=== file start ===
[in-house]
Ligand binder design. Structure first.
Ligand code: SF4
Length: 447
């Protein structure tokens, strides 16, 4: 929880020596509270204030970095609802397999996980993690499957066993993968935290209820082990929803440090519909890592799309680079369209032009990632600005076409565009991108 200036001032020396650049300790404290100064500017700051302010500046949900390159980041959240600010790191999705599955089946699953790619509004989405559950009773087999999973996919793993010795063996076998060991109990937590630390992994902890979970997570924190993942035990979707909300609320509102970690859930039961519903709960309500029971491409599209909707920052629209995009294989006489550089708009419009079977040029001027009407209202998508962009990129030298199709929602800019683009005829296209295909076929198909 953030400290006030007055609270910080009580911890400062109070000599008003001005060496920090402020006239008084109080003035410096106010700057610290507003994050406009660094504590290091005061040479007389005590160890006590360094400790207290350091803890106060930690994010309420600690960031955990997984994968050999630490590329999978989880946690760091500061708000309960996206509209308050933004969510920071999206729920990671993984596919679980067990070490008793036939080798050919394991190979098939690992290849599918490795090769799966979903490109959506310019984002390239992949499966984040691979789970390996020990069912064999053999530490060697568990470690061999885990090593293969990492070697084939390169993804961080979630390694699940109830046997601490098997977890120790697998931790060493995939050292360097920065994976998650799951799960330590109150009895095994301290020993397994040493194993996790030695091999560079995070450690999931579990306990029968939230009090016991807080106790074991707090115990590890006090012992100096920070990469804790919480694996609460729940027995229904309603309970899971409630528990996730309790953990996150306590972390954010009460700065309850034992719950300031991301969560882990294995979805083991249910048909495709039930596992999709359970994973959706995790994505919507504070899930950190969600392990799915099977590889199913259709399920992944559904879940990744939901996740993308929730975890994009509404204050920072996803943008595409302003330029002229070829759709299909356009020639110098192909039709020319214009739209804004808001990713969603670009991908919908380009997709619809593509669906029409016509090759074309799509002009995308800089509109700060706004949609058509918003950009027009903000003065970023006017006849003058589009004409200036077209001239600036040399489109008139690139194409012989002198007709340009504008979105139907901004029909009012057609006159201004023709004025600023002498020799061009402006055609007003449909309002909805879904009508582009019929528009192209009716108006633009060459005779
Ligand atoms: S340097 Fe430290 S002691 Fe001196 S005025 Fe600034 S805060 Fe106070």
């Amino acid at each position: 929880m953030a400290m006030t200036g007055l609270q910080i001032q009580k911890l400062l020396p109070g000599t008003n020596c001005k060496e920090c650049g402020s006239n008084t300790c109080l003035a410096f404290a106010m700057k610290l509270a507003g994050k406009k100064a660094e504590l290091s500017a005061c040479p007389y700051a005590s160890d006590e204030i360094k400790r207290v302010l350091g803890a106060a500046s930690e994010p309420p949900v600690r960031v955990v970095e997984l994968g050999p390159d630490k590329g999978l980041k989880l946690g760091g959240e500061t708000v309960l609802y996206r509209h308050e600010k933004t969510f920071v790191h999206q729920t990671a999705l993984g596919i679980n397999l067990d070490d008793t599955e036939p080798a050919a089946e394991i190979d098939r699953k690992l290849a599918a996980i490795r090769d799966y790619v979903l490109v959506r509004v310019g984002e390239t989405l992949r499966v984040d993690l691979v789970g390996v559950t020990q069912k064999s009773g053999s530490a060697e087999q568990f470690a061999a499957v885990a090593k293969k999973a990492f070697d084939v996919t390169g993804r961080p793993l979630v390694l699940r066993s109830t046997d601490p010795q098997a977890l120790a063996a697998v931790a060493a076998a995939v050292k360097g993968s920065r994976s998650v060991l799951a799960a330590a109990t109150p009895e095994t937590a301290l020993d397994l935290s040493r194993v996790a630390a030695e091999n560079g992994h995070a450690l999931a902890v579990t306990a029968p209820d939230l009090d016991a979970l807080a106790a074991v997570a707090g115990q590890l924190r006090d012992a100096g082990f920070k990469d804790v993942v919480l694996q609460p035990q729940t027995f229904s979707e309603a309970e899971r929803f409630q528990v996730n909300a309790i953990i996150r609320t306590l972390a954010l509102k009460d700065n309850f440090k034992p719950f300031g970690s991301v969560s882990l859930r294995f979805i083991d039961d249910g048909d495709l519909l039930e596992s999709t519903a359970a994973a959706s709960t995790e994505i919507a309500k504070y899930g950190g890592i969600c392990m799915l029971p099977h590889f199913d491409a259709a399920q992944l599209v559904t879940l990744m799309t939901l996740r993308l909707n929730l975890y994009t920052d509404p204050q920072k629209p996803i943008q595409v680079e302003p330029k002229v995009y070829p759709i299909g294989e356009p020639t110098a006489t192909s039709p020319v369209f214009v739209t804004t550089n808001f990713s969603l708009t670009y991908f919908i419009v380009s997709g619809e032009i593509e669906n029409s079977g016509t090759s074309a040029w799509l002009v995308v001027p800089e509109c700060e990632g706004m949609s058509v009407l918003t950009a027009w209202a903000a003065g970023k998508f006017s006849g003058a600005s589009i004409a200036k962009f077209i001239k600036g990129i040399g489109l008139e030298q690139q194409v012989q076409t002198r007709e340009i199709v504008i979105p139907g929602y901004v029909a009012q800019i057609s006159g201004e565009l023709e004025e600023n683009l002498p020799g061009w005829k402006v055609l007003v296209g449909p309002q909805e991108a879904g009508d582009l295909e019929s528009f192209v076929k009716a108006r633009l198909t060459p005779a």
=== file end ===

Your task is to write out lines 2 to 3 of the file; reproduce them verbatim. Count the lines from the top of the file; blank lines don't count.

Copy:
Ligand binder design. Structure first.
Ligand code: SF4